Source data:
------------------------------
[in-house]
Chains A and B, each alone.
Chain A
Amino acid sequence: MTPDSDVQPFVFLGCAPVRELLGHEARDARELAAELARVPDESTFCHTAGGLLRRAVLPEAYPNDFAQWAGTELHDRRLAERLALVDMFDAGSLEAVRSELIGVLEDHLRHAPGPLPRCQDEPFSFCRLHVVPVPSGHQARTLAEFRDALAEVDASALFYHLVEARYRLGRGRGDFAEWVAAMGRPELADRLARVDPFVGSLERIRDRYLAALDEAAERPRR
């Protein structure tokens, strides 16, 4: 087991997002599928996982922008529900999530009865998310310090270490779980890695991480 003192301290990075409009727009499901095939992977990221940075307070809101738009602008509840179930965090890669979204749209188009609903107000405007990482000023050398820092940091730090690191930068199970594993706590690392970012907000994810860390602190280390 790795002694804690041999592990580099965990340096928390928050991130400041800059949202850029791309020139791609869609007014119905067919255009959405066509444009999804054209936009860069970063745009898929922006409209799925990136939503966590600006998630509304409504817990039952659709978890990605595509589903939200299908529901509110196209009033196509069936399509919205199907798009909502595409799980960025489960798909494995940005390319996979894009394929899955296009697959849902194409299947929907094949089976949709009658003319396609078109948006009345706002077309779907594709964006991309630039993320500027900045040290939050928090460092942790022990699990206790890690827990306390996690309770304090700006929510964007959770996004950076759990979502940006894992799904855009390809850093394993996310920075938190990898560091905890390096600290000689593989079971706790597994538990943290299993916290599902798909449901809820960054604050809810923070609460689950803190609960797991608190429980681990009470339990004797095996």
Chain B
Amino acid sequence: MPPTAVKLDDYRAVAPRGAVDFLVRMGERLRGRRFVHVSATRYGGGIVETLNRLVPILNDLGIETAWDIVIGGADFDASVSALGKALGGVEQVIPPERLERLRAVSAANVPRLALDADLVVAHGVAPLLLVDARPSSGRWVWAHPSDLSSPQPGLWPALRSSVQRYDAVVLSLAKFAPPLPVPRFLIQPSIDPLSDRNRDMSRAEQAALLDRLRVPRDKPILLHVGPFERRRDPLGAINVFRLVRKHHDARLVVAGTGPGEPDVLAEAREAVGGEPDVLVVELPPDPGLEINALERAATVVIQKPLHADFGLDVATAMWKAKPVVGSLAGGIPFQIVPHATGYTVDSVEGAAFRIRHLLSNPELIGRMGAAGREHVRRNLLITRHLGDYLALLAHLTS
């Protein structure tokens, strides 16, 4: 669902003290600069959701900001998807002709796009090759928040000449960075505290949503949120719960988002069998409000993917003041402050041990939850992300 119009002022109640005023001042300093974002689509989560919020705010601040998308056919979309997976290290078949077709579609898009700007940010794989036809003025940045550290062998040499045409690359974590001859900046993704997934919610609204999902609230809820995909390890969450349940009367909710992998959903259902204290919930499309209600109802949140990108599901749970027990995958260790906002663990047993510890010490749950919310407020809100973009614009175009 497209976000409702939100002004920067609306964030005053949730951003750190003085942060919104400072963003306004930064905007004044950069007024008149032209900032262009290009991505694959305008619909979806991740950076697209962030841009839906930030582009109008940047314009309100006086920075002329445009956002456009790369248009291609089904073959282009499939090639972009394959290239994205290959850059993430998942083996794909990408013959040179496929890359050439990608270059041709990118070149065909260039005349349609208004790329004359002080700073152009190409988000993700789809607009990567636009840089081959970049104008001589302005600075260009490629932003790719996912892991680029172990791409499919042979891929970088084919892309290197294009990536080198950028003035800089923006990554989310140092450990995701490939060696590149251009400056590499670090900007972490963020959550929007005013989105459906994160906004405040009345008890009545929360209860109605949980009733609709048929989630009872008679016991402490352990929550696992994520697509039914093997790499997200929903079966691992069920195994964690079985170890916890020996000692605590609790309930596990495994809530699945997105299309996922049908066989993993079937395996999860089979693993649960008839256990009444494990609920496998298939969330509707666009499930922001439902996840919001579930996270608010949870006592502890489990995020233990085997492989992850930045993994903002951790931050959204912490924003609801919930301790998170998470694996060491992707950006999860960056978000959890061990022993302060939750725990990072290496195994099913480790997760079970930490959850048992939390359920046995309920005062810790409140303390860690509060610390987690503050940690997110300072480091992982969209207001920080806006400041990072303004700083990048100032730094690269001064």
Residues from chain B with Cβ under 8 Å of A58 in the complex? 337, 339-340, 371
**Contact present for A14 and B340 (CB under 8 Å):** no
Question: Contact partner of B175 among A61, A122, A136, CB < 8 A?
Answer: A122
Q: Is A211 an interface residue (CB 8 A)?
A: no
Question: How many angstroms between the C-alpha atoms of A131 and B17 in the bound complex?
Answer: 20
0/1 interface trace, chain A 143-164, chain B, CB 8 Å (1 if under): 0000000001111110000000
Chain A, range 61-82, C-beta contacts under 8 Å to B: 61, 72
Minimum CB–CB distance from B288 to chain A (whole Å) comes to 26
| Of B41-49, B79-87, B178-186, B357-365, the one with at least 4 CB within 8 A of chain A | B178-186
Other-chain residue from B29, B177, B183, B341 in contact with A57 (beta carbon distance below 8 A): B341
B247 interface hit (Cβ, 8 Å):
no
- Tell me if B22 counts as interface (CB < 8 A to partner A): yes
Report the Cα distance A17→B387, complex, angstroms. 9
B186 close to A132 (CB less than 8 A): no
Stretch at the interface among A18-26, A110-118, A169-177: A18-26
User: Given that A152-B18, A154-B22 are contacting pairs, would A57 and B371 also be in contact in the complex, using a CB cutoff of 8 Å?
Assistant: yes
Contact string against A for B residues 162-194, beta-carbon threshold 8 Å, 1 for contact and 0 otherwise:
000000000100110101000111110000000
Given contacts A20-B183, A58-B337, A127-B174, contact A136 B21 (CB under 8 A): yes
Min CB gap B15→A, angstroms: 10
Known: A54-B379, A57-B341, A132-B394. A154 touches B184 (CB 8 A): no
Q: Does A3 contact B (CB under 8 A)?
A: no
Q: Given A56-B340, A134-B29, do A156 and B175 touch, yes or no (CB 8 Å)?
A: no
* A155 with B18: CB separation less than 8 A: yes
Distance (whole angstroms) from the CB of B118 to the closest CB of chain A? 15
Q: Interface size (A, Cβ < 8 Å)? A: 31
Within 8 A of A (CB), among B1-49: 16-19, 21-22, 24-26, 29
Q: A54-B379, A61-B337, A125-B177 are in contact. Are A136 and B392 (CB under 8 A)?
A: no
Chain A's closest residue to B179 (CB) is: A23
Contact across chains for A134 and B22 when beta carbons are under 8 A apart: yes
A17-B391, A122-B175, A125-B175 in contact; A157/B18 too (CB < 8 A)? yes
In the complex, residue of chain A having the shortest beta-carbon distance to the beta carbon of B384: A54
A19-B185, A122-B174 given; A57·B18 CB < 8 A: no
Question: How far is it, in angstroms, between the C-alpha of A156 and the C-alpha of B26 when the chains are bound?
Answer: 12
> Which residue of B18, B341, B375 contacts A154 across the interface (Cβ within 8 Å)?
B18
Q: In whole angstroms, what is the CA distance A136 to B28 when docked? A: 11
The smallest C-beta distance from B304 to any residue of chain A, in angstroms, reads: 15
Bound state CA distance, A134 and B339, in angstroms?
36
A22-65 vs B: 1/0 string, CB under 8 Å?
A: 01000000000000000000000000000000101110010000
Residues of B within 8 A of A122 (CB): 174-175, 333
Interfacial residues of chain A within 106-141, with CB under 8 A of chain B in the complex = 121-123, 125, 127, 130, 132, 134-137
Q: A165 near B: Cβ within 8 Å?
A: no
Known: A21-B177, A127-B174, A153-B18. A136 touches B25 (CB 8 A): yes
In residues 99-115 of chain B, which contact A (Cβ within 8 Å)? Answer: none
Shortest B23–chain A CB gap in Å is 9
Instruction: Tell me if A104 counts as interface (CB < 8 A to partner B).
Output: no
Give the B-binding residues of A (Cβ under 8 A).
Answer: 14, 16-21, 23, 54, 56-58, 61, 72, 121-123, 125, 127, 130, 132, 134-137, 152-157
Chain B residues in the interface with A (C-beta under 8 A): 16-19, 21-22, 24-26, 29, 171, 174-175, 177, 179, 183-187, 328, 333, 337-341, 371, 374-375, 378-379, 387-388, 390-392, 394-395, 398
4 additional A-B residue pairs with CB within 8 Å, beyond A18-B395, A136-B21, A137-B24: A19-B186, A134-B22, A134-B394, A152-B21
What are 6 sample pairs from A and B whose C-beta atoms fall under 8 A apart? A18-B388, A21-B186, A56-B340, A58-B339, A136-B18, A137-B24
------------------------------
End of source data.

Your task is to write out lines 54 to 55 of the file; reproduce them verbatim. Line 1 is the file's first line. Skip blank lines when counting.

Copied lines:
Q: In whole angstroms, what is the CA distance A136 to B28 when docked? A: 11
The smallest C-beta distance from B304 to any residue of chain A, in angstroms, reads: 15